Monday, 16 February 2009

God's Own Country

We are just back from our overnight stay in Kerala's backwaters. An area of endless canals, rivers, waterways and lush vegetation, it's at the same time densely populated, and heavily polluted.

We had decided to do an overnight boat, but had chosen one that instead of having a kerosene engine was punted around. It also had solar panels for electricity and some special toilet with a compost bin.

Anyway, I was feeling very self-righteous with our choice.

I did feel a bit uncomfortable at the beginning as we were the only two on the boat, and there were three staff. I don't like to be served on, it's just not me. But I got used to it pretty quickly, with the help of a Kingfisher.

At a very slow pace we made our way through canals of varying sizes, enjoying the tranquility granted by the lack of an engine, giving us the chance to view at much closer range kingfishers, kites, cormorans and egrets.

Chinese fishing nests are used across all the backwaters
After a delicious lunch we moored on a lake and everyone driffed off into a siesta except me, as I was busy reading, learning how to use my camera...and having another beer.

In the afternoon we went on a smaller boat so we could travel up into the narrower canals. I really wanted to absorb the pace of life here, and see everything up really close.

Pivi, our cook, waiter and guide, seemed to know a lot about wildlife and local isssues. I discovered that in the last 8 years prawn farming had overtaken fishing, but thankfully, and not like in other parts, the locals were profiting from it.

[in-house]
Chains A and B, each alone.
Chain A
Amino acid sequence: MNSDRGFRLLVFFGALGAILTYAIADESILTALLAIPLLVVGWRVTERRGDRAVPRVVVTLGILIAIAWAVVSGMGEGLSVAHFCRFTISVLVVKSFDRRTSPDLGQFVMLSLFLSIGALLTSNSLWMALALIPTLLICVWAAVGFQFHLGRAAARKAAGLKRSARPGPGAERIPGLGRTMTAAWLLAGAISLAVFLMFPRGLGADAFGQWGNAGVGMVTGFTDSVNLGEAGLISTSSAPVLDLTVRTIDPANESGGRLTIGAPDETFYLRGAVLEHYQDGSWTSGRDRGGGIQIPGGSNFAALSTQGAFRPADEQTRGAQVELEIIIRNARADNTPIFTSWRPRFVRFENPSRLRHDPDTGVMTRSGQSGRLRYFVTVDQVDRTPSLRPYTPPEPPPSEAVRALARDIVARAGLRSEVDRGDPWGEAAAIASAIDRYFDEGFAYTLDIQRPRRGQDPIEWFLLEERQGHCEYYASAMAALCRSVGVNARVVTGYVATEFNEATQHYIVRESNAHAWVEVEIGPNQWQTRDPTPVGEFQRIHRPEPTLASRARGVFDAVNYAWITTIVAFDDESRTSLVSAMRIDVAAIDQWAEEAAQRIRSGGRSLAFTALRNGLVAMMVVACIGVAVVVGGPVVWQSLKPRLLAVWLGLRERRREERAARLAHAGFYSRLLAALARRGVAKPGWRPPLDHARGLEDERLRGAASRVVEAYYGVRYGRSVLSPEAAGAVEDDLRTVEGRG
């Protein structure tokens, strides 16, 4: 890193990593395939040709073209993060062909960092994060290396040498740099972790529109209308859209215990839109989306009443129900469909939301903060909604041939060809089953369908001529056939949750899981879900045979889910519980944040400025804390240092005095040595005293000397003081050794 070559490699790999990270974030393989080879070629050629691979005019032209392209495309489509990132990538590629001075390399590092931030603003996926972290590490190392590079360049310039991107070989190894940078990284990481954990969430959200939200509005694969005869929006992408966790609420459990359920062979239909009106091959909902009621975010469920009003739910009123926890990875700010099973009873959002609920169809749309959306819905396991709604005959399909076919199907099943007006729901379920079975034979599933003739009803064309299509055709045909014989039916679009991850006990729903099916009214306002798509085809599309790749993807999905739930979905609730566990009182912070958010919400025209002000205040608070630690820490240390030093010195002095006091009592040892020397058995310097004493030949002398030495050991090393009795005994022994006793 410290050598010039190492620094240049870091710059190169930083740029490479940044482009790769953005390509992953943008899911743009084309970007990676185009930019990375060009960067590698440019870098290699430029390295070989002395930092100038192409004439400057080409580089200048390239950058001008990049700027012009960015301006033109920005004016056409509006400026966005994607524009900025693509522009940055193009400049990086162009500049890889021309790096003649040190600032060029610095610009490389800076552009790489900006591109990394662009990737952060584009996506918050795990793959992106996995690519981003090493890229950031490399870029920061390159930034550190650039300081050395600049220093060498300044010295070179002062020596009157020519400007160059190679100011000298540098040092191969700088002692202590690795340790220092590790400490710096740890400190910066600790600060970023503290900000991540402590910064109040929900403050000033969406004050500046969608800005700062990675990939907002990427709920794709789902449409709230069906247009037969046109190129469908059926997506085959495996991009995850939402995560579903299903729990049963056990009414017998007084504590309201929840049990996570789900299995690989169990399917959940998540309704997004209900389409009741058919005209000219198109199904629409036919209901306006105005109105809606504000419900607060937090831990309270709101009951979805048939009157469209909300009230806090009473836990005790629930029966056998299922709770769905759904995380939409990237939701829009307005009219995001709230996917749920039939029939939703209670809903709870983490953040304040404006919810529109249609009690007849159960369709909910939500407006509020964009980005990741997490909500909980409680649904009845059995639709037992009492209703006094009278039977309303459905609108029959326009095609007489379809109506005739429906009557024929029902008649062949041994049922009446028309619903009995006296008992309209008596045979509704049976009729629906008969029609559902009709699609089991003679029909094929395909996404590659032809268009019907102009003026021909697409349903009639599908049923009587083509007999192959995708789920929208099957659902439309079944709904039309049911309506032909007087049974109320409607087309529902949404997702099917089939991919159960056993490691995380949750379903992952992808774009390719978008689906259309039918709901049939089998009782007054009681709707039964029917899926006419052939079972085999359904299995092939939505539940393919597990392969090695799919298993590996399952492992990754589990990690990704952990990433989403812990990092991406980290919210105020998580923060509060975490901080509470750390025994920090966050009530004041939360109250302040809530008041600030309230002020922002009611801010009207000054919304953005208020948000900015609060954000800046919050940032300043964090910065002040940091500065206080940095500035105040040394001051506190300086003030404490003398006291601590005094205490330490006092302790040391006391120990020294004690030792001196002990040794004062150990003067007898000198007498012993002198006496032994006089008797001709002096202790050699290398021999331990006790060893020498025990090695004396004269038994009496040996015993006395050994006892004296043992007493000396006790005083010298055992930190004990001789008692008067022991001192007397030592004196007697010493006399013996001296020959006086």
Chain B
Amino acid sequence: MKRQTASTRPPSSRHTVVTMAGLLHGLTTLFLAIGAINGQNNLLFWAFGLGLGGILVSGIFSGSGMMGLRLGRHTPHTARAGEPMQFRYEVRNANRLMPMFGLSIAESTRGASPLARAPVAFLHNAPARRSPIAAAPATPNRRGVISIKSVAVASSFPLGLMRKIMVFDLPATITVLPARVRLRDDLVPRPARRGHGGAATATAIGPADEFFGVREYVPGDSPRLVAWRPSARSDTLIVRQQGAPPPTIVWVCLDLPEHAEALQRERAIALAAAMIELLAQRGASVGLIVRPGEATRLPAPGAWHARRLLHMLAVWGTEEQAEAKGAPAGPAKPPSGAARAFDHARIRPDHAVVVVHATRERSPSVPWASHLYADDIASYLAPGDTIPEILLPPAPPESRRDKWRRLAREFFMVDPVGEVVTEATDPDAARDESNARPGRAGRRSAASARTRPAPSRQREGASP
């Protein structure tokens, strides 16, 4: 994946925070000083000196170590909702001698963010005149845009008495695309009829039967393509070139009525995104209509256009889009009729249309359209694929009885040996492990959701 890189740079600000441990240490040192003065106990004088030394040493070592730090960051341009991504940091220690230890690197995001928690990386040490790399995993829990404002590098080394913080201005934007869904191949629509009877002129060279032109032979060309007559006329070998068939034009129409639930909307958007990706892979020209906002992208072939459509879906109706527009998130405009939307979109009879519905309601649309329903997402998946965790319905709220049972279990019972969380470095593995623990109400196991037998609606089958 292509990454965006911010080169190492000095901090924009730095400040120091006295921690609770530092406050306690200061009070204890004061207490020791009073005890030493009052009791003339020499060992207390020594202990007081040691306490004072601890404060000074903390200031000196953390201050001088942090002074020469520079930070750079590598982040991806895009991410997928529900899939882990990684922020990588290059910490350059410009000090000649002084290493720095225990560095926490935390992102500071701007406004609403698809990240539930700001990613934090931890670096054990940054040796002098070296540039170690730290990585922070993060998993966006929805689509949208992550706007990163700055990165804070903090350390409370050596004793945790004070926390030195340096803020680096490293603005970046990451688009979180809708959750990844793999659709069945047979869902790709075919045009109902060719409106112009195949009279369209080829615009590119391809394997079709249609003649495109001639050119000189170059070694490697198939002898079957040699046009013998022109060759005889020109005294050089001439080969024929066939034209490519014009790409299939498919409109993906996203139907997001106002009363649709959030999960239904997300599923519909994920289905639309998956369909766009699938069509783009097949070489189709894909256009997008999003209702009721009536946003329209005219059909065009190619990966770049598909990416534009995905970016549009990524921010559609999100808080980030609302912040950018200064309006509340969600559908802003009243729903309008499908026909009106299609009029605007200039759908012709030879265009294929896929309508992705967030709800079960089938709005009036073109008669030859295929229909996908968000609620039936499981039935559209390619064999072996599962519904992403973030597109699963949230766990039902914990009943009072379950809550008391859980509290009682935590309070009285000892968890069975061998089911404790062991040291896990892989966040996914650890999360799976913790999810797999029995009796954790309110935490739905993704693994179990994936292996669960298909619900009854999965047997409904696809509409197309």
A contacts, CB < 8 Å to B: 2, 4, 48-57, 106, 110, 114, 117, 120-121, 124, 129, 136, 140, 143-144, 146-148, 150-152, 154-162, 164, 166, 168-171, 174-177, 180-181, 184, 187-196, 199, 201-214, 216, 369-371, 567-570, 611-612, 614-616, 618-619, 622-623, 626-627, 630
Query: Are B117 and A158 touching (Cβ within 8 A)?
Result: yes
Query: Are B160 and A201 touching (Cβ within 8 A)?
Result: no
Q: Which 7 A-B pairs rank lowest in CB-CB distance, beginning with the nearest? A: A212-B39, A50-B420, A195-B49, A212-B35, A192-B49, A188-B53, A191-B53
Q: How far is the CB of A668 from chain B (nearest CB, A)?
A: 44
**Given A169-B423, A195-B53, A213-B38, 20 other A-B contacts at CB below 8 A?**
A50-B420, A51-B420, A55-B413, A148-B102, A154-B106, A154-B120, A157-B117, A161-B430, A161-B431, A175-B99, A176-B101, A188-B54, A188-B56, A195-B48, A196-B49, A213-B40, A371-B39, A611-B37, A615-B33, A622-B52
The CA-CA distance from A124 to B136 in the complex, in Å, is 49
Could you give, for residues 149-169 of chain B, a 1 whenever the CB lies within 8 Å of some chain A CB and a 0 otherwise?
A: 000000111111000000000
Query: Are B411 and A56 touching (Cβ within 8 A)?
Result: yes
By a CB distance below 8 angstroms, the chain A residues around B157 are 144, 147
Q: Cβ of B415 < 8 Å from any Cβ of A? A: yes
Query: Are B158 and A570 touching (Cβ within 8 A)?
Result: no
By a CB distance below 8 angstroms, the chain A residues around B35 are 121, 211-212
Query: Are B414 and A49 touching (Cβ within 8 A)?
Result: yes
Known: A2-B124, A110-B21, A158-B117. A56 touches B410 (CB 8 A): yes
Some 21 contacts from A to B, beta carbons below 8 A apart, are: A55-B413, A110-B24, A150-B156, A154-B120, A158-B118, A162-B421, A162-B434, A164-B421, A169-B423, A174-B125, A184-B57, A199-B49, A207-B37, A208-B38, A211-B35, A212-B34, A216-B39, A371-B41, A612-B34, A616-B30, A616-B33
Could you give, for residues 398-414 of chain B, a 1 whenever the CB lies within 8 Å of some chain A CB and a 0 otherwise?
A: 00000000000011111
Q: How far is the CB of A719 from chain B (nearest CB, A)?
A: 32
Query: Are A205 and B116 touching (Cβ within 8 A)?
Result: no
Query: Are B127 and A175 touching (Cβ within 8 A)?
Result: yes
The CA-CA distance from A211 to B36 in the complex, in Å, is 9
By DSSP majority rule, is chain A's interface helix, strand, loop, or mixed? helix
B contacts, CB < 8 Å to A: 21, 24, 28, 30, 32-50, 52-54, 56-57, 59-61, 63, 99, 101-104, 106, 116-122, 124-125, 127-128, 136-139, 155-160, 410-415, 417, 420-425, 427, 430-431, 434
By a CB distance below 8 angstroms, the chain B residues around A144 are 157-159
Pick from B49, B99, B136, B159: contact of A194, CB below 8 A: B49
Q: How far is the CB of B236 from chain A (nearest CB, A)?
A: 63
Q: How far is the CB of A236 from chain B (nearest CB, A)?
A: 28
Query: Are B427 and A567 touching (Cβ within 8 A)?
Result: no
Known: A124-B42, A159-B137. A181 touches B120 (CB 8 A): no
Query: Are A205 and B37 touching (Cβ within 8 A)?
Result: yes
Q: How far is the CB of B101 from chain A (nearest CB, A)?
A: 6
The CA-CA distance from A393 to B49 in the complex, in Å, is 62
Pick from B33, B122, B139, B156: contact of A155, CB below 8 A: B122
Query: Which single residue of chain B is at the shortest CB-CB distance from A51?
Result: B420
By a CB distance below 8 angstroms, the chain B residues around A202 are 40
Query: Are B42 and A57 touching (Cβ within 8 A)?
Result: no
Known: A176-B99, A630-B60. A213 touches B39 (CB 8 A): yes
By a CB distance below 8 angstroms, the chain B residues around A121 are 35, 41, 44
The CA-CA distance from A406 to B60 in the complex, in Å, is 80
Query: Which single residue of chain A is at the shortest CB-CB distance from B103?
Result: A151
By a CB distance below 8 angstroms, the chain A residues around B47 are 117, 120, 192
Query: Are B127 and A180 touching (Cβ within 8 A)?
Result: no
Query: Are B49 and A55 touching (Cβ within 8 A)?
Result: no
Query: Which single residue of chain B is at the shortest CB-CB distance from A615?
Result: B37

At this time of the year the backwaters are salty and they farm prawns. When the monsoon comes, the water will be fresh and the backwaters will become rice paddies. My issue with prawn farming is the extensive use of antibiotics and the risk of putting all your eggs on one basket..a collapse on the price of prawns will ruin these people...and everyone has jumped on the prawn farming wagon.

After another delicious dinner I sat on the bow and watched the sea eagles on their evening hunt, sky diving in front of us and picking fish out of the water with their claws. An amazing spectacle.

I just wish birds were a bit more considerate and stopped from time to time so I could take a better pic.
Bright and early, palm trees in impossible angles

This has been one of the most memorable days of our time in India. The beauty of the place, the warmth of its people, tainted by the ecological damage we are causing, though that has been ubiquitous across the whole country.

Next stop will be Varkala and the beach...

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